1031 Exchanges, NNN Leases
Defer tax with a 1031 Exchange
Please Note the following article on 1031 exchanges
is not to be taken as legal or taxation advice. It is intended as a
guide to NNN leases and 1031 exchange only. If you require proper advice
consult a legal professional.
Many businesses and investors in property
are not aware of the savings offered by 1031 exchanges to save money
on capital gains taxes. Under
section 1031 of the Internal Revenue Code, federal capital gains taxes
may be avoided (deferred) when an investments or business property is
exchanged as opposed to sold.
1031 Exchange Basics;
- Most sellers of business and investment properties
will pay capital gains (federal) tax of 20% for the appreciation and
25% if any depreciation
less sale cost.
- Most states impose income tax on the sale of business
or investment property, many recognize deferral of such taxes for a 'Like
under Section 1031 (IRS).
- Property exchanged must be an investment.
- Payment of federal capital gains
and most state income taxes is deferred until the property received
in the exchange is sold.
- A sale of investment
or business property must be followed by a reinvestment in another
property, and this must be setup before the property to be
transferred is sold. Failure to have an exchange set-up does not qualify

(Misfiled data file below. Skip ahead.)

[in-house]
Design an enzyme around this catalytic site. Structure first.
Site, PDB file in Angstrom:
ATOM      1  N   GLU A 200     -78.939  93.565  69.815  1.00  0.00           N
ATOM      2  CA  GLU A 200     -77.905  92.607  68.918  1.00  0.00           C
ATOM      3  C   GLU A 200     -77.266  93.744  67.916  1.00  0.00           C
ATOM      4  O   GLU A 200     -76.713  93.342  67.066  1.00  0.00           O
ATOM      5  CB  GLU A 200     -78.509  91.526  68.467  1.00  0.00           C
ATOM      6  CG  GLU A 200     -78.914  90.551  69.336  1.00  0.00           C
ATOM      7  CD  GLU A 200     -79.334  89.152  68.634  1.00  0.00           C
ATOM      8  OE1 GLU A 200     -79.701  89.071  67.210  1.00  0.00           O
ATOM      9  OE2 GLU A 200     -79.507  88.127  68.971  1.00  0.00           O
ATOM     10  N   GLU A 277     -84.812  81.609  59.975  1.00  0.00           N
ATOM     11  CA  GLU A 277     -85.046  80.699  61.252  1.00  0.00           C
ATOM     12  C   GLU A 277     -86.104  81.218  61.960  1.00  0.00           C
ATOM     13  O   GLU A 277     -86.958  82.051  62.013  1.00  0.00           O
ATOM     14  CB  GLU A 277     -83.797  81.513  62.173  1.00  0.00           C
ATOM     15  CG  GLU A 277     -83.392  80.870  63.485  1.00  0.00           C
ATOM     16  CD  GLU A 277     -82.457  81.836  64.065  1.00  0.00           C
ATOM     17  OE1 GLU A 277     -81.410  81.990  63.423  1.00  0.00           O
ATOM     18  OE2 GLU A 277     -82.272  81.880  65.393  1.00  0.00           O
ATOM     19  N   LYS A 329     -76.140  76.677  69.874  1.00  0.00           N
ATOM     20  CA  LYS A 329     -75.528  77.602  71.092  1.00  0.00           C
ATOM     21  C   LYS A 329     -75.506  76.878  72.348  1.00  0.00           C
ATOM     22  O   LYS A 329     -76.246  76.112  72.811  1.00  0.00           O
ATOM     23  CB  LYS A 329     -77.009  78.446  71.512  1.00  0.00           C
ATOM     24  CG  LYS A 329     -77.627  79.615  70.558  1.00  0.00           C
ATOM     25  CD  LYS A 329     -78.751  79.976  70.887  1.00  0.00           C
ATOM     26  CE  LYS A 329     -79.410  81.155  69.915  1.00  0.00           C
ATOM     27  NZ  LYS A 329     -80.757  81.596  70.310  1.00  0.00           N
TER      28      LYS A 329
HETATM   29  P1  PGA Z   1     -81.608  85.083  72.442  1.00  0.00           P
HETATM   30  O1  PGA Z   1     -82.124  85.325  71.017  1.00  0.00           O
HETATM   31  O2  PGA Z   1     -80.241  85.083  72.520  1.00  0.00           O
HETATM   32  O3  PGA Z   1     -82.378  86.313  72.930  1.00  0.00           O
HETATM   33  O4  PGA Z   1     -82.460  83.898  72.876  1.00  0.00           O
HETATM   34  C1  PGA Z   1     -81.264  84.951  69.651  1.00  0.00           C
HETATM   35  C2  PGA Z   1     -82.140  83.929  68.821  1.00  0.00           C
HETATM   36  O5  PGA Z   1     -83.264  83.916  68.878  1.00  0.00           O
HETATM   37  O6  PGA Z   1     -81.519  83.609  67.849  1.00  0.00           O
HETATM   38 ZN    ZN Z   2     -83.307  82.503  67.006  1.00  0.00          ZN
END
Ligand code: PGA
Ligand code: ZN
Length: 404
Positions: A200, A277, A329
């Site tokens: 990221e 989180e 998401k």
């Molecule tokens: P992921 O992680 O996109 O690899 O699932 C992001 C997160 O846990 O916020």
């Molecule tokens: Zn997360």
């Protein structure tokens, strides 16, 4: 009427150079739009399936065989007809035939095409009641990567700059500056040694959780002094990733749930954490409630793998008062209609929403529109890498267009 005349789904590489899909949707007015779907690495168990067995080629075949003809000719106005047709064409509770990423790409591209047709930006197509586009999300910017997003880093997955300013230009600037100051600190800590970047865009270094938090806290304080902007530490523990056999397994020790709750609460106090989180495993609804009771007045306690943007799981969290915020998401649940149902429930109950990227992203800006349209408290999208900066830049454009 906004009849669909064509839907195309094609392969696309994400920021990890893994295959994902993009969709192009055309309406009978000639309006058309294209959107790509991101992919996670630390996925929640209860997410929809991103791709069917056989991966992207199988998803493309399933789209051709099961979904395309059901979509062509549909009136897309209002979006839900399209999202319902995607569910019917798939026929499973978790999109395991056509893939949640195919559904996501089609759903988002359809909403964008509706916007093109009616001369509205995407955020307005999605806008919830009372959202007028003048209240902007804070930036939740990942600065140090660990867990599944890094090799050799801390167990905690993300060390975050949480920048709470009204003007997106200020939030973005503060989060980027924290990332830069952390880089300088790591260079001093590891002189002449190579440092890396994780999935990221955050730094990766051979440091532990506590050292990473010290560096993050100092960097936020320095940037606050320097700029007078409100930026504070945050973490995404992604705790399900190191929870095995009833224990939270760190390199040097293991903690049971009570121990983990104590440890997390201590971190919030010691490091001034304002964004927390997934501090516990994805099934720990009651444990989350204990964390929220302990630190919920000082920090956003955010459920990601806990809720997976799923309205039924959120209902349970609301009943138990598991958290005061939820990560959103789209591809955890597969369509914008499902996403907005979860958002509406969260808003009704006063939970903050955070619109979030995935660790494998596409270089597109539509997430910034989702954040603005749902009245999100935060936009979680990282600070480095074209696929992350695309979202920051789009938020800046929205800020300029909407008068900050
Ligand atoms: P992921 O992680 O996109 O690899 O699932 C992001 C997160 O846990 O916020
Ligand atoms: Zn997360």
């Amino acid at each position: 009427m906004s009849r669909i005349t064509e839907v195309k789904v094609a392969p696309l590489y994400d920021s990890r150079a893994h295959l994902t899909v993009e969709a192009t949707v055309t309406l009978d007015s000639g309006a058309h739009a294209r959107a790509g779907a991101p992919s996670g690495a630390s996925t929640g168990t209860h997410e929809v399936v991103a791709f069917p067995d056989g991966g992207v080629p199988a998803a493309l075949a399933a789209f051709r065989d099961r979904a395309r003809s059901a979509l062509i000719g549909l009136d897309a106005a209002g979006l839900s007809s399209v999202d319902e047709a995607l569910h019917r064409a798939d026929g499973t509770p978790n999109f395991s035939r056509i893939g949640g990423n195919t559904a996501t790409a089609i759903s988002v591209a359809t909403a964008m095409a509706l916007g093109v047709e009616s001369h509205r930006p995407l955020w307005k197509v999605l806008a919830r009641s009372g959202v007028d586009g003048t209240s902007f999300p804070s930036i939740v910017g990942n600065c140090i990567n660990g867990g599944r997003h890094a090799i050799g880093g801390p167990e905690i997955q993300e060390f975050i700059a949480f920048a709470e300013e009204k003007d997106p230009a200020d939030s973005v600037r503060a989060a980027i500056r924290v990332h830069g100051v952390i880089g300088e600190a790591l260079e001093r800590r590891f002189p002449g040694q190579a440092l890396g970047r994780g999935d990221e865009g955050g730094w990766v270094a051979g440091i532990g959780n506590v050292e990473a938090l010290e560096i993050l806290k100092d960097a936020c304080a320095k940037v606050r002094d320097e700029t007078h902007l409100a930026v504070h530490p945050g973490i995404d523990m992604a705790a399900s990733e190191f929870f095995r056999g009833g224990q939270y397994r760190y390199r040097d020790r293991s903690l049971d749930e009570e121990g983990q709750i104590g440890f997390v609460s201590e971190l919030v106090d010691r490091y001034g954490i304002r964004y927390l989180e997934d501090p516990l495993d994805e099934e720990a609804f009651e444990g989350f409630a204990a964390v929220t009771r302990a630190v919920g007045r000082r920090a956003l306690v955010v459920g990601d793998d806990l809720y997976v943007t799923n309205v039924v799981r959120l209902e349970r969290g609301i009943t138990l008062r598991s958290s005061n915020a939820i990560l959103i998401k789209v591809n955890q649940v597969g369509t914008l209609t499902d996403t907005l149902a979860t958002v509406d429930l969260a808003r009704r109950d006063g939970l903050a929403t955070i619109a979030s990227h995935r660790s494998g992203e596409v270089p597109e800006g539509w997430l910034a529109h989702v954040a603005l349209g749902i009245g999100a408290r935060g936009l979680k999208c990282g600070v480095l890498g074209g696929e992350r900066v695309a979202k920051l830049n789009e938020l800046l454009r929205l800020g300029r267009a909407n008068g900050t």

as a proper 1031 exchange.
- In independent qualified third party (acting
on the investors behalf) must be used to facilitate the 1031 exchange
and satisfy the requirements
bound by the IRS for a valid exchange. Using a qualified intermediary
ensures favorable taxation on income.
- To defer capital gains a property
of equal or greater value must be acquired and all of the previous
properties equity must be invested into the new
- Exchanging property has a 45 calendar day period after closing
in which to find up to three properties for acquisition. After this
investor has up to 180 calendar days to acquire these identified properties.
properties must be of a 'like kind' to another. All real
estate investments are considered of a 'like kind' and you
may acquire an unimproved property for another improved real estate property.
An example of investments not considered like kind would be a helicopter
and a fixed wing plane.
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